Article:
About 3 in 10 caregivers who are also working have experienced adverse reactions from their employers because of their caregiving duties.
41% of caregivers have reduced their work hours or changed their schedule/shift to provide care
13% have resigned their jobs to provide care
9% have changed jobs or careers to provide care
Said Williams-Kemp: “The time-sensitive nature of caregiving is somewhat unexpected for caregivers, especially boomers who can find their careers interrupted pretty significantly.”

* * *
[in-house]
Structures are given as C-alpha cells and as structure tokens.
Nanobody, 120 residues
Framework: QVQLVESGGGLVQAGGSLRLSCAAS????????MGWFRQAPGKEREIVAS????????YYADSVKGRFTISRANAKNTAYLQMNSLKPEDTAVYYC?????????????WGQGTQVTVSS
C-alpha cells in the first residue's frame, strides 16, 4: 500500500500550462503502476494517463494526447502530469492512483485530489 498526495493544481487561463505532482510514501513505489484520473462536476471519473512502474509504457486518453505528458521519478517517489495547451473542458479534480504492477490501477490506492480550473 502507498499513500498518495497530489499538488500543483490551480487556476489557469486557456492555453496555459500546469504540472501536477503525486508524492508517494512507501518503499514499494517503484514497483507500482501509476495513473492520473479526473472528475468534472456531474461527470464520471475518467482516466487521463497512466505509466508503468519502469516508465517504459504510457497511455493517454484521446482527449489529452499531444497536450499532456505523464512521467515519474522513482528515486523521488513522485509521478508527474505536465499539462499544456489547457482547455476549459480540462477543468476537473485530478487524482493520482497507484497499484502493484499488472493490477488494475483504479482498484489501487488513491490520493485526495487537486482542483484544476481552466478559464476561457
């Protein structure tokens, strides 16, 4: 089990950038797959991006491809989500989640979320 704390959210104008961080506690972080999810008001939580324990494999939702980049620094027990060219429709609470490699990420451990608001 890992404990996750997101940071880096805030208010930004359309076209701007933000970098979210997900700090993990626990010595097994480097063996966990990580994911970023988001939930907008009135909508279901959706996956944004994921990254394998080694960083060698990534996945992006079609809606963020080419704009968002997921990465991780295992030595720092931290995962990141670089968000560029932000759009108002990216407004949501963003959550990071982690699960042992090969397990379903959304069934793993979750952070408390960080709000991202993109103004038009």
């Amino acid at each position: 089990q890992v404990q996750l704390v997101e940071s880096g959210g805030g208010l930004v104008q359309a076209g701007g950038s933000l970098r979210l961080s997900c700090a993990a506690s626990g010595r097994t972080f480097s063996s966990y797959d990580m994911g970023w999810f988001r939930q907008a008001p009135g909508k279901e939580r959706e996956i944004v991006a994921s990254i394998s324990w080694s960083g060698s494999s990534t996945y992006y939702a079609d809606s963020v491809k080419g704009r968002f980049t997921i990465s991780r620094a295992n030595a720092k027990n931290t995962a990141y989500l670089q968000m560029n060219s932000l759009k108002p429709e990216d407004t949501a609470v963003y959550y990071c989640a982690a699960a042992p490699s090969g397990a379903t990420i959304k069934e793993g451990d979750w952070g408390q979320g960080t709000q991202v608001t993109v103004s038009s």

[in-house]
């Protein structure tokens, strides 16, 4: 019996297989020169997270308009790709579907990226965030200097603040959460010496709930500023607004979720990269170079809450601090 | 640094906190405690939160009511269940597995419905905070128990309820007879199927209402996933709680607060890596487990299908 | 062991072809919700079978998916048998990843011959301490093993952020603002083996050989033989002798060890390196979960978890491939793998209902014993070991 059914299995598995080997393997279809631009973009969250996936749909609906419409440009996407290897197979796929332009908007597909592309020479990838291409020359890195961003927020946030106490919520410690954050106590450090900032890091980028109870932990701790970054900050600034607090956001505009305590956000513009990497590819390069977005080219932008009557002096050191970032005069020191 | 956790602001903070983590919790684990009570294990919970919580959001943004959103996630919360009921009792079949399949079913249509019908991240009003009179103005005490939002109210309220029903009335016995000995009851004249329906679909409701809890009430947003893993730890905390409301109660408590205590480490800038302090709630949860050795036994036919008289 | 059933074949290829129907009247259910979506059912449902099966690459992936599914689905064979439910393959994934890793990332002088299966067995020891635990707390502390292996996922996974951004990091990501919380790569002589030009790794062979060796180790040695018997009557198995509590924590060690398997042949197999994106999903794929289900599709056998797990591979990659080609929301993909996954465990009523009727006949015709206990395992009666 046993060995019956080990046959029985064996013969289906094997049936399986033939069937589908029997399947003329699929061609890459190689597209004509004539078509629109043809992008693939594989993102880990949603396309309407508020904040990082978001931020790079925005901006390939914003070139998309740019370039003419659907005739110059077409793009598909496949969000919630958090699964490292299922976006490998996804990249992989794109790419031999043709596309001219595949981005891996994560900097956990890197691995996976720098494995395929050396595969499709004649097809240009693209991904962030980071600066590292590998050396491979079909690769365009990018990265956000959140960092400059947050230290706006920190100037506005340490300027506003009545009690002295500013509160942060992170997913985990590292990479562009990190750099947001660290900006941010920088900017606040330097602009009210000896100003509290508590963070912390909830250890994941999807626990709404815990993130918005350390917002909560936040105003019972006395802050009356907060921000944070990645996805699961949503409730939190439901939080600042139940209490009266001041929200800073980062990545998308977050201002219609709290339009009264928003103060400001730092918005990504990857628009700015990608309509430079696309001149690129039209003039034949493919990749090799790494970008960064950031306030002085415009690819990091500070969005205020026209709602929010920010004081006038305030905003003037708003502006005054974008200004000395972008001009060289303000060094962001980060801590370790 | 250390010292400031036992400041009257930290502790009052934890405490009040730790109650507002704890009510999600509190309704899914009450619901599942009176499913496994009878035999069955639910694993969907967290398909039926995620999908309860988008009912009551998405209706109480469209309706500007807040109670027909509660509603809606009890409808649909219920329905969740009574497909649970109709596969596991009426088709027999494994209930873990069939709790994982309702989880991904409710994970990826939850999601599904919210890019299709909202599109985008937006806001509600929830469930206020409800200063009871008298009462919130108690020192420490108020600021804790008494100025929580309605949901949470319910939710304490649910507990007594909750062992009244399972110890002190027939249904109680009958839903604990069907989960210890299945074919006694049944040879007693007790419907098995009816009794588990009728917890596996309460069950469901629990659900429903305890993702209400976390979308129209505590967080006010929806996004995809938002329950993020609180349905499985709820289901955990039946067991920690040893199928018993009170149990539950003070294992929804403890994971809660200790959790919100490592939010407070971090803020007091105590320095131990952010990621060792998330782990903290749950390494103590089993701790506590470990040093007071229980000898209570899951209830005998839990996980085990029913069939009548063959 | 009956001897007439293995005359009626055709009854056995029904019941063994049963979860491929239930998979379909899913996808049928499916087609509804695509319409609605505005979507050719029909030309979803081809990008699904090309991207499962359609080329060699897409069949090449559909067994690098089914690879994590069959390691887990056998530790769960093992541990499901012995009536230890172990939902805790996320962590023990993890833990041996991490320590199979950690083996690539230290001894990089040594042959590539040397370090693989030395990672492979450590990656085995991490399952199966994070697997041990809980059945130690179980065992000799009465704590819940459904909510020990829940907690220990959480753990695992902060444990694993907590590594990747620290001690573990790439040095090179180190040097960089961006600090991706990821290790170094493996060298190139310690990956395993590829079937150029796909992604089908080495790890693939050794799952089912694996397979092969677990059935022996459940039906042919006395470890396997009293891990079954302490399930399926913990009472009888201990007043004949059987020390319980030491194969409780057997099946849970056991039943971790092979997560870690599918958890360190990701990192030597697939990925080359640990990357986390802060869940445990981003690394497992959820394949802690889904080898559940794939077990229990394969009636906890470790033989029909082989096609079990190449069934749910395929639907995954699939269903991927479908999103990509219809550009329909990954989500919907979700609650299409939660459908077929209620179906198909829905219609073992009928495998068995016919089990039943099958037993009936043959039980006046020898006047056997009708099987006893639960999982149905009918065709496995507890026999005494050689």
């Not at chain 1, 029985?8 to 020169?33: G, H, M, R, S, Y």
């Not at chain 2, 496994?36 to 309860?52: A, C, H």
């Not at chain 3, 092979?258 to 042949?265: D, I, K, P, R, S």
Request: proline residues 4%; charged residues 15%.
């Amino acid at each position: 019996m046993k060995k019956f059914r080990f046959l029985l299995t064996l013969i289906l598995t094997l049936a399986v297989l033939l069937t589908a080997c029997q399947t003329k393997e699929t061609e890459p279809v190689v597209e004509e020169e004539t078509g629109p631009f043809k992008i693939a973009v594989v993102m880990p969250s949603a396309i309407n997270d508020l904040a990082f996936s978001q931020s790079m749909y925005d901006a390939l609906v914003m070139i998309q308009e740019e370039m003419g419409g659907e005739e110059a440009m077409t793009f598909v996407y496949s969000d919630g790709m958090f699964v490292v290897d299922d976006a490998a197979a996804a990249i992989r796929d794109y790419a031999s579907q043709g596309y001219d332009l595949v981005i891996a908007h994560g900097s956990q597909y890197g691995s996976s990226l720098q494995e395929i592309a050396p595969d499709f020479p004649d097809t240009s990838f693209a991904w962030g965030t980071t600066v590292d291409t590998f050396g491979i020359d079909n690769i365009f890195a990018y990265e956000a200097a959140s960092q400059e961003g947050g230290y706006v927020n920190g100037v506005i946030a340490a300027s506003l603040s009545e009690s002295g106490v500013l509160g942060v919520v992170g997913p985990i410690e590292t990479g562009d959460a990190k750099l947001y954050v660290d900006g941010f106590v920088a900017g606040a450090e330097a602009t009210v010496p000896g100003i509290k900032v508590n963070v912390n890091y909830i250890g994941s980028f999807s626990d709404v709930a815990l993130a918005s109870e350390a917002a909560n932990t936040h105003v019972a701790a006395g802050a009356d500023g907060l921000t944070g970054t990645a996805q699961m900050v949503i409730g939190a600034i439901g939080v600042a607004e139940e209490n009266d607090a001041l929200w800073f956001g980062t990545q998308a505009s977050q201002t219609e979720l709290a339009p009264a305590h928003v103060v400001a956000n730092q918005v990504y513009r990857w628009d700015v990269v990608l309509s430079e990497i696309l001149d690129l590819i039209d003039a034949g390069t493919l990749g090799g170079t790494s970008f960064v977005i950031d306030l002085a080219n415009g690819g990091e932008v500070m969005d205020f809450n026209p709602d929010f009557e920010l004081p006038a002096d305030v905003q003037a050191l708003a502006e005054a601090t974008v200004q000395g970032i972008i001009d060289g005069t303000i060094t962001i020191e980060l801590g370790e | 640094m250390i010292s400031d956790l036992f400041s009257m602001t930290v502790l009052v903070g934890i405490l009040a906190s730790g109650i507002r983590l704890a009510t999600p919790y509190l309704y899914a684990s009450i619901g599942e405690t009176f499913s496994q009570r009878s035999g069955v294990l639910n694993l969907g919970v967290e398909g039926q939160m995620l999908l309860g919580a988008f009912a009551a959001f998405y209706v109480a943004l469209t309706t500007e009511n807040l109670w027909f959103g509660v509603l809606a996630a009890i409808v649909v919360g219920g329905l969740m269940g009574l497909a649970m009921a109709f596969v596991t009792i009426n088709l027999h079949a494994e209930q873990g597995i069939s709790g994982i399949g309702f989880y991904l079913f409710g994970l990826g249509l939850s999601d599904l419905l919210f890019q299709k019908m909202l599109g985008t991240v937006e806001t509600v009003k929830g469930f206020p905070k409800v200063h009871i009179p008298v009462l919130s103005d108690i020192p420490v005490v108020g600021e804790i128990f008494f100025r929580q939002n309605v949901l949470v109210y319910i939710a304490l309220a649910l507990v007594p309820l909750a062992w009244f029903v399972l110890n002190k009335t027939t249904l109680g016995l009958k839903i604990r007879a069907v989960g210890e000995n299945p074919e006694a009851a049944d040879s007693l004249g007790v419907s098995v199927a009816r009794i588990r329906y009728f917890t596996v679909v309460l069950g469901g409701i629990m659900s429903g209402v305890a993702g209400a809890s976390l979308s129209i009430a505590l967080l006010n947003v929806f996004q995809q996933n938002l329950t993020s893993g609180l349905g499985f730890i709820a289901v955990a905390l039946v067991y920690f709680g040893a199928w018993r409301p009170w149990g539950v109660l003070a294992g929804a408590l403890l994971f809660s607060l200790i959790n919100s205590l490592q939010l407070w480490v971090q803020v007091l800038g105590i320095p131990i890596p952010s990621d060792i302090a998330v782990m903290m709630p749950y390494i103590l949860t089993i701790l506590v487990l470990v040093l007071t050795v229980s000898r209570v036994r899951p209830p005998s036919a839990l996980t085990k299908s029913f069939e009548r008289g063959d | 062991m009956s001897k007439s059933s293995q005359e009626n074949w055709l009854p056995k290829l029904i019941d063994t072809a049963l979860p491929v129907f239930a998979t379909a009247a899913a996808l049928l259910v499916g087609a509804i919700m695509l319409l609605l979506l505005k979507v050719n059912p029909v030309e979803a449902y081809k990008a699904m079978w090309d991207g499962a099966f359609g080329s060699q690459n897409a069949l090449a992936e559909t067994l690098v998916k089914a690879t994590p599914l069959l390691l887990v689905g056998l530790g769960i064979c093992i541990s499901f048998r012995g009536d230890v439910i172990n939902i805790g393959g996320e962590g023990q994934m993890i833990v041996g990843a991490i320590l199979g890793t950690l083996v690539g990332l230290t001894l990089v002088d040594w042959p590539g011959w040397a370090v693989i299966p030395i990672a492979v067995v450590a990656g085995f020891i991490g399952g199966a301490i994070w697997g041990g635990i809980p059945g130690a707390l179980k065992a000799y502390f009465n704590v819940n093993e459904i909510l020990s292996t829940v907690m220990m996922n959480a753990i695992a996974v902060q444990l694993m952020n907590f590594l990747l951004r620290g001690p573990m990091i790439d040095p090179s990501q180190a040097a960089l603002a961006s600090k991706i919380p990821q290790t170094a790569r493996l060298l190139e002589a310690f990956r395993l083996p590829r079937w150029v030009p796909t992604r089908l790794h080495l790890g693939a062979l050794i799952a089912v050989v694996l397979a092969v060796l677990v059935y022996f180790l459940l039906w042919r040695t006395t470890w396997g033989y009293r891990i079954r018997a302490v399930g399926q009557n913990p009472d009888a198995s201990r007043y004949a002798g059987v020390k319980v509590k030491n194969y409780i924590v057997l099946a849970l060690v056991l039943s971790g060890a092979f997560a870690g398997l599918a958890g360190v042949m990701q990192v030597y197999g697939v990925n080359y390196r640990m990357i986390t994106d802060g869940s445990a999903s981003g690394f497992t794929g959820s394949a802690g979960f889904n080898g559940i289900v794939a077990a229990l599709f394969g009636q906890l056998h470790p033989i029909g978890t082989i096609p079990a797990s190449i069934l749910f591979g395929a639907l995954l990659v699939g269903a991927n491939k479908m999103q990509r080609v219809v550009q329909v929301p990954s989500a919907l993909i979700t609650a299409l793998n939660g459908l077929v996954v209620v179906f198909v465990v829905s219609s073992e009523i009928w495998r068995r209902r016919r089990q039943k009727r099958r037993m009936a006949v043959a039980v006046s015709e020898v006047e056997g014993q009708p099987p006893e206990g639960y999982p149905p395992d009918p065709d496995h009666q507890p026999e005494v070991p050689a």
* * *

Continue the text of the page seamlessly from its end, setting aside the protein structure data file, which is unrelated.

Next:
Usually when we hear FMLA, we think pregnancy; however,
“People often assume the law only applies to moms and babies, but the most common use is to deal with your own health issue,” says Vicki Shabo, vice president for workplace policies and strategies at the National Partnership for Women & Families. In fact, more than half of the employees who took a leave over a 12-month period used the time to manage their own illness, according to a Department of Labor survey. The second most common reason was to care for a new child (cited by 21%); 18% needed time off to help a parent, spouse or child with health problems.
But it does not apply your mother-in-law and father-in-law, brother, sister, grandmother, grandfather or adult child either.
That’s because the law narrowly defines “family” as a spouse, parent or child under 18.